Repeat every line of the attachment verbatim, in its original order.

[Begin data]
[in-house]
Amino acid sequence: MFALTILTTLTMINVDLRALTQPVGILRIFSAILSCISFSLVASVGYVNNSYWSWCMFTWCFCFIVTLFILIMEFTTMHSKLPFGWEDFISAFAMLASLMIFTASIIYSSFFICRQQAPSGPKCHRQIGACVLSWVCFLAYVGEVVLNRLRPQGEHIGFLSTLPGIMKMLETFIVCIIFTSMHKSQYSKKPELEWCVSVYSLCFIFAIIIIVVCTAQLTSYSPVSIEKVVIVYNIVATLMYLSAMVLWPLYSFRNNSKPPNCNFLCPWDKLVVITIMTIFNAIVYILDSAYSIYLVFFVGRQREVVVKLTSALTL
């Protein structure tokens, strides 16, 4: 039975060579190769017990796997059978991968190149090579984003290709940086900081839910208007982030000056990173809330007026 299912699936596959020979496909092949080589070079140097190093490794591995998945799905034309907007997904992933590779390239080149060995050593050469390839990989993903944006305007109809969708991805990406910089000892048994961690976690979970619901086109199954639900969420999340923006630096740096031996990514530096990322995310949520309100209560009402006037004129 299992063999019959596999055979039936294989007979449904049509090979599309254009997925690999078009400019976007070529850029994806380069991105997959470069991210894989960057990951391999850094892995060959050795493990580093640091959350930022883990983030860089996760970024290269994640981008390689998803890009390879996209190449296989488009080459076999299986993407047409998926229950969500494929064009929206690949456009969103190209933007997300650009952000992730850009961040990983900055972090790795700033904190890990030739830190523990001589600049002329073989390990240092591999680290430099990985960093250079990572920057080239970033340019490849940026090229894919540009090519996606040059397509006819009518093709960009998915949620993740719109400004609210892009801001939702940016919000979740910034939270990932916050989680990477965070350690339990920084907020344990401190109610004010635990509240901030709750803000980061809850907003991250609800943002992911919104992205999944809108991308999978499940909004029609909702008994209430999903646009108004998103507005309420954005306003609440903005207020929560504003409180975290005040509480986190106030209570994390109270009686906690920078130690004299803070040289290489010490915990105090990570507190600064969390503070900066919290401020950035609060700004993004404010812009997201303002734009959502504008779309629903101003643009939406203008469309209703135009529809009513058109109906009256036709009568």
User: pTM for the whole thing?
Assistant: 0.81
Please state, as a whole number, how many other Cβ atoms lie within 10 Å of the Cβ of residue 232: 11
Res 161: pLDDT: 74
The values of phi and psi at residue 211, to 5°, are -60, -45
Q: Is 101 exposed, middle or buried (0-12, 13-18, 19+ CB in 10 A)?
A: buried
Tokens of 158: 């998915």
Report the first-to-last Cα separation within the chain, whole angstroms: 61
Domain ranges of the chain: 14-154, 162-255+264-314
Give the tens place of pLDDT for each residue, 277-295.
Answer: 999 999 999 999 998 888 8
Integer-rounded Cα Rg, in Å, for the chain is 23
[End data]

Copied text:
[in-house]
Amino acid sequence: MFALTILTTLTMINVDLRALTQPVGILRIFSAILSCISFSLVASVGYVNNSYWSWCMFTWCFCFIVTLFILIMEFTTMHSKLPFGWEDFISAFAMLASLMIFTASIIYSSFFICRQQAPSGPKCHRQIGACVLSWVCFLAYVGEVVLNRLRPQGEHIGFLSTLPGIMKMLETFIVCIIFTSMHKSQYSKKPELEWCVSVYSLCFIFAIIIIVVCTAQLTSYSPVSIEKVVIVYNIVATLMYLSAMVLWPLYSFRNNSKPPNCNFLCPWDKLVVITIMTIFNAIVYILDSAYSIYLVFFVGRQREVVVKLTSALTL
């Protein structure tokens, strides 16, 4: 039975060579190769017990796997059978991968190149090579984003290709940086900081839910208007982030000056990173809330007026 299912699936596959020979496909092949080589070079140097190093490794591995998945799905034309907007997904992933590779390239080149060995050593050469390839990989993903944006305007109809969708991805990406910089000892048994961690976690979970619901086109199954639900969420999340923006630096740096031996990514530096990322995310949520309100209560009402006037004129 299992063999019959596999055979039936294989007979449904049509090979599309254009997925690999078009400019976007070529850029994806380069991105997959470069991210894989960057990951391999850094892995060959050795493990580093640091959350930022883990983030860089996760970024290269994640981008390689998803890009390879996209190449296989488009080459076999299986993407047409998926229950969500494929064009929206690949456009969103190209933007997300650009952000992730850009961040990983900055972090790795700033904190890990030739830190523990001589600049002329073989390990240092591999680290430099990985960093250079990572920057080239970033340019490849940026090229894919540009090519996606040059397509006819009518093709960009998915949620993740719109400004609210892009801001939702940016919000979740910034939270990932916050989680990477965070350690339990920084907020344990401190109610004010635990509240901030709750803000980061809850907003991250609800943002992911919104992205999944809108991308999978499940909004029609909702008994209430999903646009108004998103507005309420954005306003609440903005207020929560504003409180975290005040509480986190106030209570994390109270009686906690920078130690004299803070040289290489010490915990105090990570507190600064969390503070900066919290401020950035609060700004993004404010812009997201303002734009959502504008779309629903101003643009939406203008469309209703135009529809009513058109109906009256036709009568």
User: pTM for the whole thing?
Assistant: 0.81
Please state, as a whole number, how many other Cβ atoms lie within 10 Å of the Cβ of residue 232: 11
Res 161: pLDDT: 74
The values of phi and psi at residue 211, to 5°, are -60, -45
Q: Is 101 exposed, middle or buried (0-12, 13-18, 19+ CB in 10 A)?
A: buried
Tokens of 158: 């998915």
Report the first-to-last Cα separation within the chain, whole angstroms: 61
Domain ranges of the chain: 14-154, 162-255+264-314
Give the tens place of pLDDT for each residue, 277-295.
Answer: 999 999 999 999 998 888 8
Integer-rounded Cα Rg, in Å, for the chain is 23